Read NCAR's release on the report here.

Member Spotlight on First Peoples Fund

During the month of February, GIA's photo banner features work and projects sponsored by First Peoples Fund. Founded in 1995, First Peoples Fund is a national native arts and entrepreneurial organization dedicated to the preservation, advancement, and well-being of American Indian arts and culture, deeply rooted in Indigenous values and place-based practices. Its mission is to honor and support the Collective Spirit® of First Peoples artists and culture bearers.

We recently asked First Peoples Fund what they are excited about.

Roberta Uno Stepping Down at Ford Foundation

From Darren Walker, president of the Ford Foundation:

Dear Colleagues:

I am writing to share wonderful news regarding our extraordinary colleague Roberta Uno. In a continuation of the issues that she has worked on during her time at the Ford Foundation, Roberta will become the Director of Arts in a Changing America, a new national project engaging changing demographics through the lens of aesthetics, arts practice, cultural equity, and social justice which will be based at the California Institute of the Arts.

Tremaine Foundation, Herberger Institute Release Report on Arts Business Training

A new report from the Emily Hall Tremaine Foundation examines how business training being delivered to artists across the U.S. and leverages research conducted in the inaugural year of the Tremaine Foundation Fellowship in Arts Entrepreneurship at Arizona State University. “How It’s Being Done: Arts Business Training in the US” seeks to move beyond identifying the programs and organizations that are providing business training specific to the arts. The research also explores how training is being delivered, and where there are gaps.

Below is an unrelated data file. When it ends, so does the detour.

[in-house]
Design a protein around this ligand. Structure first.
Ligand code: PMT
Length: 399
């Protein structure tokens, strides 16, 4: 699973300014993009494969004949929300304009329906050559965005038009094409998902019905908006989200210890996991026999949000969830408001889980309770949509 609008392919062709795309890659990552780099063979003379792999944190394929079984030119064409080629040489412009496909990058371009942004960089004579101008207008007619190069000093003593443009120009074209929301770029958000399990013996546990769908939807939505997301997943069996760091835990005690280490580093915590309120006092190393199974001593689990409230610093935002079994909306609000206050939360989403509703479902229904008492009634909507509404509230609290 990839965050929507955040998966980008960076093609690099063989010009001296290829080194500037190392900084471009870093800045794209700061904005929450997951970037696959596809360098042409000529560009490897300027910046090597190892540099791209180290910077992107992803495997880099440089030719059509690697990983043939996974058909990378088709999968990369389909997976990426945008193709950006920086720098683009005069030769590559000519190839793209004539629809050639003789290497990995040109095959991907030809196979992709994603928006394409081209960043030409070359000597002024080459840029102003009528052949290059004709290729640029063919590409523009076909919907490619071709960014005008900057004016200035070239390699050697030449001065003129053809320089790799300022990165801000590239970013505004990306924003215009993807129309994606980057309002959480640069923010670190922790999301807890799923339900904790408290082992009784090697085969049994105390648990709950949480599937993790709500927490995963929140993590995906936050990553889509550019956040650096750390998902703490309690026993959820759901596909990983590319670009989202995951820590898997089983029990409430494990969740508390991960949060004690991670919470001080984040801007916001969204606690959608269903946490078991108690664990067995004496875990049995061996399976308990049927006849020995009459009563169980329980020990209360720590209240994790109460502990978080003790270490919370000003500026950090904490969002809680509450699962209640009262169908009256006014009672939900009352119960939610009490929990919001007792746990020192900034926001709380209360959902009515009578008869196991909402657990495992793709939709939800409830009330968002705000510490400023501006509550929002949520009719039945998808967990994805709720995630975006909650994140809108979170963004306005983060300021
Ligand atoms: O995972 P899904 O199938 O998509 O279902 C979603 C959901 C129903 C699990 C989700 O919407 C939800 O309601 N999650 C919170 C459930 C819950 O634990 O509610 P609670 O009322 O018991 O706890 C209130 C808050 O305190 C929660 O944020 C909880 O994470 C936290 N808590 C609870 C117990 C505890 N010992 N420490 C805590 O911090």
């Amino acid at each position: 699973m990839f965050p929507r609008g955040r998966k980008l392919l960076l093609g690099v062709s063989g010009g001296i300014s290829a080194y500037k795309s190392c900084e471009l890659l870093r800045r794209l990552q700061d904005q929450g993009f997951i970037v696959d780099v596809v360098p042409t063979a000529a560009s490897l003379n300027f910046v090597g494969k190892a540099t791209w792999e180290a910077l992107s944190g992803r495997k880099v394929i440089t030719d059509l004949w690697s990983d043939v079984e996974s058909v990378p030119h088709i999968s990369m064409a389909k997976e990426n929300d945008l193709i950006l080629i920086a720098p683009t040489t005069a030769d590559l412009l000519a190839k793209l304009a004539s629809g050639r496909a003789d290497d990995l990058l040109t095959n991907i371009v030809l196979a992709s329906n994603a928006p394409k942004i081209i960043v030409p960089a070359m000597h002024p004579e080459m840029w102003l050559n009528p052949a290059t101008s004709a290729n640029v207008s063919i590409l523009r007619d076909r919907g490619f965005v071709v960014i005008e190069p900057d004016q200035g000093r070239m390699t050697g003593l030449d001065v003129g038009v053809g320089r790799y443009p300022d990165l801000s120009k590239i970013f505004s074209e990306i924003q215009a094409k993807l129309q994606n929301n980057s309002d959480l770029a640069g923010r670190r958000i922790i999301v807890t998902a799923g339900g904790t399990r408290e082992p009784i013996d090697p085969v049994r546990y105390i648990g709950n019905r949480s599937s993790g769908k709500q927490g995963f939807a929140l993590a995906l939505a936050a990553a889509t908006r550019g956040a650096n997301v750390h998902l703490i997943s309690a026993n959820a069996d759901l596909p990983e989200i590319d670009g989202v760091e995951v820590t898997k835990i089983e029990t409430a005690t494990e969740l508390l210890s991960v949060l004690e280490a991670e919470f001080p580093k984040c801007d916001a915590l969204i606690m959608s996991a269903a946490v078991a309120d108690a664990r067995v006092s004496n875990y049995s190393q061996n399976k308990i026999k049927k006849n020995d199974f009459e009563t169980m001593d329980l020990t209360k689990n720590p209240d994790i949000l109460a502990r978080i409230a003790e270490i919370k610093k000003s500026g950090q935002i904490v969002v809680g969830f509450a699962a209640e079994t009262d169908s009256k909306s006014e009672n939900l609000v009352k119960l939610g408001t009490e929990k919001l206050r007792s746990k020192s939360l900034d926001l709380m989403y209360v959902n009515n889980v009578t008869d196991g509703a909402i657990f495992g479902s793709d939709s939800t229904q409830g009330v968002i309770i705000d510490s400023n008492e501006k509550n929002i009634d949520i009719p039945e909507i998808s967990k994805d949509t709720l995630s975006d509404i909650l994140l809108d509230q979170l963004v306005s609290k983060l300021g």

Future of the San Diego Foundation’s Arts Funding Questioned

By Kinsee Morlan at San Diego City Beat:

There’s a shortage of arts-and-culture funding in San Diego. That’s why there’s been shock and concern in the arts community after the recent announcement that Felicia Shaw, longtime director of arts and the creative economy at The San Diego Foundation, had left her position. The foundation is the biggest and most influential grant-making community foundation in the area, and critics say that Shaw’s departure signals the organization’s waning support for the arts.
Opera Philadelphia Has Bold New Business Model

From Francis Hilario at The Philadelphia Business Journal:

Opera Philadelphia is in the midst of rehearsing for the East Coast premiere of “Oscar,” a new American opera based on Oscar Wilde that’s set to debut in February. But the company is also in the midst of a changing business model. The upcoming “Oscar” is the first of two productions co-commissioned by Sante Fe Opera and Opera Philadelphia as part of the latter’s American Repertoire Program. The program has the lofty goal of producing one new American opera for the next 10 seasons. The second commission, an opera based on Charles Frazier’s “Cold Mountain,” will premiere next year. Along with providing audiences with fresh material, the opera’s new American program has also allowed it to go from being a local company to one that’s global.